This bottle is quite crude befitting its mid-19th century manufacture having wavy, rippling sunken sides, twists to the glass in the upper shoulder and neck which is also not symmetrical (as that portion was "free-blown"), a crudely applied lip with ample slop over, lots of bubbles in the glass and just a cool, crude look to all things about it. There are also some faint vertical lines on the sides which may be evidence of having been blown in a so-called "shingle mold" which was a simple body forming mold that was nothing more than four boards - "shingles" - hammered together and doused with water to keep the mold from catching on fire. The smooth exterior to the bottle also speaks to the possibility of a wooden mold since the wetness of the wood generated a layer of steam between the very hot glass and relatively cold, wet mold that one also sees with turn-mold bottles that were lined with a wet paste. (I can write about early glass & glass making endlessly it seems!) Anyway, the condition is excellent - near mint with no chips, cracks, potstone bruises, or anything of significance...just a few very minor surface scuffs. Very nice bottle. $40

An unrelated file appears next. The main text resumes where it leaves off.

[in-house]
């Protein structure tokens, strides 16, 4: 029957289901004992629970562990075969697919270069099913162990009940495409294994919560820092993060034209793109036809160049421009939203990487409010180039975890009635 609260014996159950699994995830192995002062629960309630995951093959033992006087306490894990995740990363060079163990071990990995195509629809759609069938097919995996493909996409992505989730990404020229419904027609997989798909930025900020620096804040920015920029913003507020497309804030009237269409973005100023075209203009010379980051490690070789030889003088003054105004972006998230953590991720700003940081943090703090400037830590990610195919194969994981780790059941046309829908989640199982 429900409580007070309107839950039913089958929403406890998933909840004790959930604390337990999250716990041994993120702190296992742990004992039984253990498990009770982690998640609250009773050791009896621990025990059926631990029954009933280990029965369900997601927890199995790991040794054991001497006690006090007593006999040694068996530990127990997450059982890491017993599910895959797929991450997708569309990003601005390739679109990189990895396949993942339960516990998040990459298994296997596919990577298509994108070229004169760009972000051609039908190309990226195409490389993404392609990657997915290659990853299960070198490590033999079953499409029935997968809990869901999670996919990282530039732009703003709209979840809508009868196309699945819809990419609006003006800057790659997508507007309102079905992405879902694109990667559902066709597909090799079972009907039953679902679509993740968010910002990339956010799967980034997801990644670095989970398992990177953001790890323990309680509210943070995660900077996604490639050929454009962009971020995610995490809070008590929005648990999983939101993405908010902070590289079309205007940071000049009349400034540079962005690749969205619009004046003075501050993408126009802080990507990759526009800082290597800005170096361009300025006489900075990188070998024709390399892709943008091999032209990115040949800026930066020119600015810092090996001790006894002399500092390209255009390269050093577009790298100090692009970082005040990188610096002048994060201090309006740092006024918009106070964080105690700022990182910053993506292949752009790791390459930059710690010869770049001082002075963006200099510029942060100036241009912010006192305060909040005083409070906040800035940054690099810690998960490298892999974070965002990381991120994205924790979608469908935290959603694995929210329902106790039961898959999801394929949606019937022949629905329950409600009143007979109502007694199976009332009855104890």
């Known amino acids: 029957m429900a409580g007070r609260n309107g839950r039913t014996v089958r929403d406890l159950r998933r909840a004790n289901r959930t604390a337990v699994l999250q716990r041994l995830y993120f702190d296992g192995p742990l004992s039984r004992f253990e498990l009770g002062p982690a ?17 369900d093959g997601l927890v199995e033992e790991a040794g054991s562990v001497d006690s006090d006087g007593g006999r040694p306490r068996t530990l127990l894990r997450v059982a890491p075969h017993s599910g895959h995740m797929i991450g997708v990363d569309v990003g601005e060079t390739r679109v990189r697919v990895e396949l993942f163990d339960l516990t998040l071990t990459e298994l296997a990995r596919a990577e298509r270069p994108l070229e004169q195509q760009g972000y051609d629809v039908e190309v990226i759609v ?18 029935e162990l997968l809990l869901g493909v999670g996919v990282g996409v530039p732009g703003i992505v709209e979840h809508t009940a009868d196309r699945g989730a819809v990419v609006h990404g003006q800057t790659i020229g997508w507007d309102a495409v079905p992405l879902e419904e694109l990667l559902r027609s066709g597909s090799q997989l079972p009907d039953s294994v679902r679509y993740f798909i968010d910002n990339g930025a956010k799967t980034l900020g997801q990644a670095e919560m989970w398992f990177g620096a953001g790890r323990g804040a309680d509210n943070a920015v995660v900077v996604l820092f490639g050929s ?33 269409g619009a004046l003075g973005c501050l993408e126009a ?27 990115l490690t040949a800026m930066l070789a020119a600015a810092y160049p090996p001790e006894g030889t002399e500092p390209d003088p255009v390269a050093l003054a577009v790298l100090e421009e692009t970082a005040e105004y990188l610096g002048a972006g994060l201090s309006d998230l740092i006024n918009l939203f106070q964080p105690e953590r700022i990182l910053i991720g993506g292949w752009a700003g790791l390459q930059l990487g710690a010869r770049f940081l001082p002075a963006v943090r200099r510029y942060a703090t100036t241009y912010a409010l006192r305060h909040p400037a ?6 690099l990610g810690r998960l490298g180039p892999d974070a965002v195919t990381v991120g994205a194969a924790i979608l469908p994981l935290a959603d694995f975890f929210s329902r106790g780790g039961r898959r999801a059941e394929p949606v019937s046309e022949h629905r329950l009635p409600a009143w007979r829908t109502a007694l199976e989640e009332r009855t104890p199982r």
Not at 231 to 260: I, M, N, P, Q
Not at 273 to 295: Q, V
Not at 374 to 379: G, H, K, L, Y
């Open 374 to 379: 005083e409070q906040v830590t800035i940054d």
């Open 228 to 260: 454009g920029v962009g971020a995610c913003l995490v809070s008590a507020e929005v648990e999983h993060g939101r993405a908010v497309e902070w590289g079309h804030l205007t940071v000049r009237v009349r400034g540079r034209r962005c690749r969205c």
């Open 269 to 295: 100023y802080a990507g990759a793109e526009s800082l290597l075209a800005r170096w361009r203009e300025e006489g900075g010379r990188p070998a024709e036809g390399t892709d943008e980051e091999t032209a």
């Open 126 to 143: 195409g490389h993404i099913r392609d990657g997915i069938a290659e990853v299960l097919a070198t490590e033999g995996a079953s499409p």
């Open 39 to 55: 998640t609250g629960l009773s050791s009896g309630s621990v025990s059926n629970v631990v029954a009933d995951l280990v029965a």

Chinese "Tiger Whiskey" rice wine/liquor bottle - These Chinese liquor jugs are made of glazed pottery - "brown stoneware" - and were made from who knows when (centuries ago?) until well after U. S. Prohibition as later ones from the mid-20th century are commonly seen with the raised lettering "Federal Law Forbids Sale or Re-use of This Bottle" - a sure sign of post-1934 manufacture. This example is likely from the pre-Prohibition era, i.e., 1900-1915 (possibly late 1800s), as it was found in Oregon where Prohibition started in 1915 and doesn't have the noted lettering. This nice clean example has a medium to dark brown glaze and is just over 6.5" tall. The condition is excellent with one small (<1/4") and very shallow (no depth really) glaze flake on the flared rim, a tiny bit of wear around the widest part of the body, and a shallow, short (<1/2" long) flake off the inside edge of the base. These jugs virtually always have irregularities and flaws like this which are as likely a product of the hasty manufacture as post-production dings. In any event, this is a fine example of a relatively common item - at least in the West where the Chinese in the 1800s and early 1900s were congregated - that every collector should have...and makes a wonderful decorative item also. $20